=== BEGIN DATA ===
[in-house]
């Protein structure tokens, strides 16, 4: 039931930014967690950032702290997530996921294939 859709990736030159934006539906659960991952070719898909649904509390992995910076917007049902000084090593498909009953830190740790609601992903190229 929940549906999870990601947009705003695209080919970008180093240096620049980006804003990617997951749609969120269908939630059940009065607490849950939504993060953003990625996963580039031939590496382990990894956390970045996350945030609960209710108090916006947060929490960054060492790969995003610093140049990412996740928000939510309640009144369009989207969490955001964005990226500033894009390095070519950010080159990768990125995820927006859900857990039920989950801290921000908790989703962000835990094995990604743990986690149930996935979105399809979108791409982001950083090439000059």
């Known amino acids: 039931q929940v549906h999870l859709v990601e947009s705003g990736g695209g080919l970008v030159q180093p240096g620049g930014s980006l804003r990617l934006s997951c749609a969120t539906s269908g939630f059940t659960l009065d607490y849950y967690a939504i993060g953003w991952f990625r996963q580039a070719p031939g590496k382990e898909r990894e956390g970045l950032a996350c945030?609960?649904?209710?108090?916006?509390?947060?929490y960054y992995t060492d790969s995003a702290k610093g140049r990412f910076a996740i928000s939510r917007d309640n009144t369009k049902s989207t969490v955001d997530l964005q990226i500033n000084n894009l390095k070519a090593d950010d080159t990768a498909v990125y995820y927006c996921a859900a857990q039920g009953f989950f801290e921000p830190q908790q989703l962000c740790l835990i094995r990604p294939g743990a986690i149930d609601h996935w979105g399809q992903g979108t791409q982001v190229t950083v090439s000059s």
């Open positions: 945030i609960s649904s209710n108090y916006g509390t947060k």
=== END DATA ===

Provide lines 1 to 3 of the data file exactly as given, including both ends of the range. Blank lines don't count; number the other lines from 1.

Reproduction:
[in-house]
């Protein structure tokens, strides 16, 4: 039931930014967690950032702290997530996921294939 859709990736030159934006539906659960991952070719898909649904509390992995910076917007049902000084090593498909009953830190740790609601992903190229 929940549906999870990601947009705003695209080919970008180093240096620049980006804003990617997951749609969120269908939630059940009065607490849950939504993060953003990625996963580039031939590496382990990894956390970045996350945030609960209710108090916006947060929490960054060492790969995003610093140049990412996740928000939510309640009144369009989207969490955001964005990226500033894009390095070519950010080159990768990125995820927006859900857990039920989950801290921000908790989703962000835990094995990604743990986690149930996935979105399809979108791409982001950083090439000059």
């Known amino acids: 039931q929940v549906h999870l859709v990601e947009s705003g990736g695209g080919l970008v030159q180093p240096g620049g930014s980006l804003r990617l934006s997951c749609a969120t539906s269908g939630f059940t659960l009065d607490y849950y967690a939504i993060g953003w991952f990625r996963q580039a070719p031939g590496k382990e898909r990894e956390g970045l950032a996350c945030?609960?649904?209710?108090?916006?509390?947060?929490y960054y992995t060492d790969s995003a702290k610093g140049r990412f910076a996740i928000s939510r917007d309640n009144t369009k049902s989207t969490v955001d997530l964005q990226i500033n000084n894009l390095k070519a090593d950010d080159t990768a498909v990125y995820y927006c996921a859900a857990q039920g009953f989950f801290e921000p830190q908790q989703l962000c740790l835990i094995r990604p294939g743990a986690i149930d609601h996935w979105g399809q992903g979108t791409q982001v190229t950083v090439s000059s």